Idaho Science Teacher Named Regional Winner in the Shell Science Lab Challenge
18 Regional Winners Competing For Up To $93,000 in Prizes, Including a $20,000 School Science Lab Makeover
CRAIGMONT, Idaho — February 28, 2013 — Merrie Rampy, a science teacher at Highland High School in Craigmont, Idaho, has been named a regional winner in the Shell Science Lab Challenge, a competition for middle and high school science teachers. Sponsored by the Shell Oil Company and administered by the National Science Teachers Association (NSTA), the competition encouraged teachers (grades 6-12), who have found innovative ways to deliver quality lab experiences with limited school and laboratory resources, to share their approaches for a chance to win a school science lab makeover support package valued at $20,000. Rampy is one of 18 regional winners named, from which five national finalists will be chosen, and from the national finalists a grand prize winner will be selected.
Highland’s principal says she has seen Rampy “take our basic middle and high school science program and change it to a rigorous and exciting place for students to learn about all of the possibilities science has to offer…Other teachers have observed her excitement about her subject area and the improvements she wanted to bring to her program, and in turn, improve their own programs. Our high school has moved from ‘let's get these students to graduate' to ‘let’s ensure all of our students can reach their educational and life goals, including attending a four-year college…’ Our students believe it is cool to be a science nerd."
The only thing holding Rampy back from having an exceptional program is the antiquated science lab in her rural school. The lack of funding for quality equipment and materials has prevented students from experiencing the sophisticated labs that would prepare them for scientific careers. Despite the limitations, Rampy continues to provide high-quality learning experiences for her students.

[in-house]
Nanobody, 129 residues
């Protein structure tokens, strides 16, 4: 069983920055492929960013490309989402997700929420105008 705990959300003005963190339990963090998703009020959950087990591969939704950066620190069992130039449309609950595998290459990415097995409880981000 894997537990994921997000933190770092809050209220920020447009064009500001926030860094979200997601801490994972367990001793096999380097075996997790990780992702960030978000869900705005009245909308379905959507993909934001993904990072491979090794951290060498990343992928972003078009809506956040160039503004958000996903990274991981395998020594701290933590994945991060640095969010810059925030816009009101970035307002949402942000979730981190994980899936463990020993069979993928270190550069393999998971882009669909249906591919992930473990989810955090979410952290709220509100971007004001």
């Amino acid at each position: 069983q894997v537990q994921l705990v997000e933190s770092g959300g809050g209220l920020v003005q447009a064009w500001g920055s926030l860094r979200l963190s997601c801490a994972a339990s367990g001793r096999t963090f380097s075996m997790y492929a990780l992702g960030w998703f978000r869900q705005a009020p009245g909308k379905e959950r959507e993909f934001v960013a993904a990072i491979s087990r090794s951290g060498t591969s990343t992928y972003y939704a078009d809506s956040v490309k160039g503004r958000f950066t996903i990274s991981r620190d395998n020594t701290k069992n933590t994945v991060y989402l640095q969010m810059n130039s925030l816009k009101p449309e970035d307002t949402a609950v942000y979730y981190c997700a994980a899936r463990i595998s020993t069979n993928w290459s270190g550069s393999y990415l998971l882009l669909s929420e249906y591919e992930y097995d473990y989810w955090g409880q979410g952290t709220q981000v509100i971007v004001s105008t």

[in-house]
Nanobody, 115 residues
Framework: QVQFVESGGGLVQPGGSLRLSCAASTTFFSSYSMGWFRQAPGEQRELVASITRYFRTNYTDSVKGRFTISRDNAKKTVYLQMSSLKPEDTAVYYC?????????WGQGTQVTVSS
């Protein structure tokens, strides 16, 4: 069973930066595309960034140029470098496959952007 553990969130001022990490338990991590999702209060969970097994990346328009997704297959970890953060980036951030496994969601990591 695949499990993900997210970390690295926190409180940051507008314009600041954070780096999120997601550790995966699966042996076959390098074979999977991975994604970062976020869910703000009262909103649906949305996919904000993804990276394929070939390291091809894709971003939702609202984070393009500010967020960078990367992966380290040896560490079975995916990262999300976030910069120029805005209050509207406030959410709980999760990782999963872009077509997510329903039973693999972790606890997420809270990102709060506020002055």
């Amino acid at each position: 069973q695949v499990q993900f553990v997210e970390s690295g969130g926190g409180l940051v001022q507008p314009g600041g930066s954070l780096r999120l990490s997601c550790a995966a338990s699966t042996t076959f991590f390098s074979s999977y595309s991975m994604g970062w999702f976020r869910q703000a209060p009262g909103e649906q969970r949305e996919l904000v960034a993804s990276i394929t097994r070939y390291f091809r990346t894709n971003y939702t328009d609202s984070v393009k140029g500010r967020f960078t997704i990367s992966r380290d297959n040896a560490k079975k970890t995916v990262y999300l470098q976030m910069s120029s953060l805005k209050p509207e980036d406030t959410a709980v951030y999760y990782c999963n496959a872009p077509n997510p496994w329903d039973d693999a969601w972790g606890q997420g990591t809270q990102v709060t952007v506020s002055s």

“We are truly amazed by the regional winners’ ingenuity,” said Dr. David Evans, Executive Director, NSTA. “These science educators—with limited resources and funding—have come up with some incredible ideas and creative approaches to providing high-quality lab experiences for their students.”
“Inquiry-based learning and hands-on experimentation are key elements for encouraging student interest in science,” said Dr. Frazier Wilson, Vice President, Shell Oil Company Foundation, Manager, Social Investment. “The Shell Science Lab Challenge strives to support inquiry-based instructional practices of our science teachers and excite students about the wonders and possibilities of science through active learning that emphasizes questioning, data analysis, and critical thinking. Exemplary science teaching is more relevant when it occurs in a quality lab environment where science concepts can be explored by students.”
To enter the Shell Science Lab Challenge, science teachers of grades 6-12 in the United States and Canada were asked to describe their school’s current laboratory resources, explain why the school’s laboratory facilities might be classified as “limited” resources, and describe their approach to science education instruction utilizing their school’s current lab facilities. A panel of science educators then reviewed and selected the top entries.
As a regional winner, each teacher and their school will receive science lab equipment, Shell cash grants, membership to the NSTA, and support to attend an NSTA conference. VWR is also supporting the Shell Science Lab Challenge by providing equipment to the winners.
For more information about the Challenge, visit http://www.nsta.org/shellsciencelab/.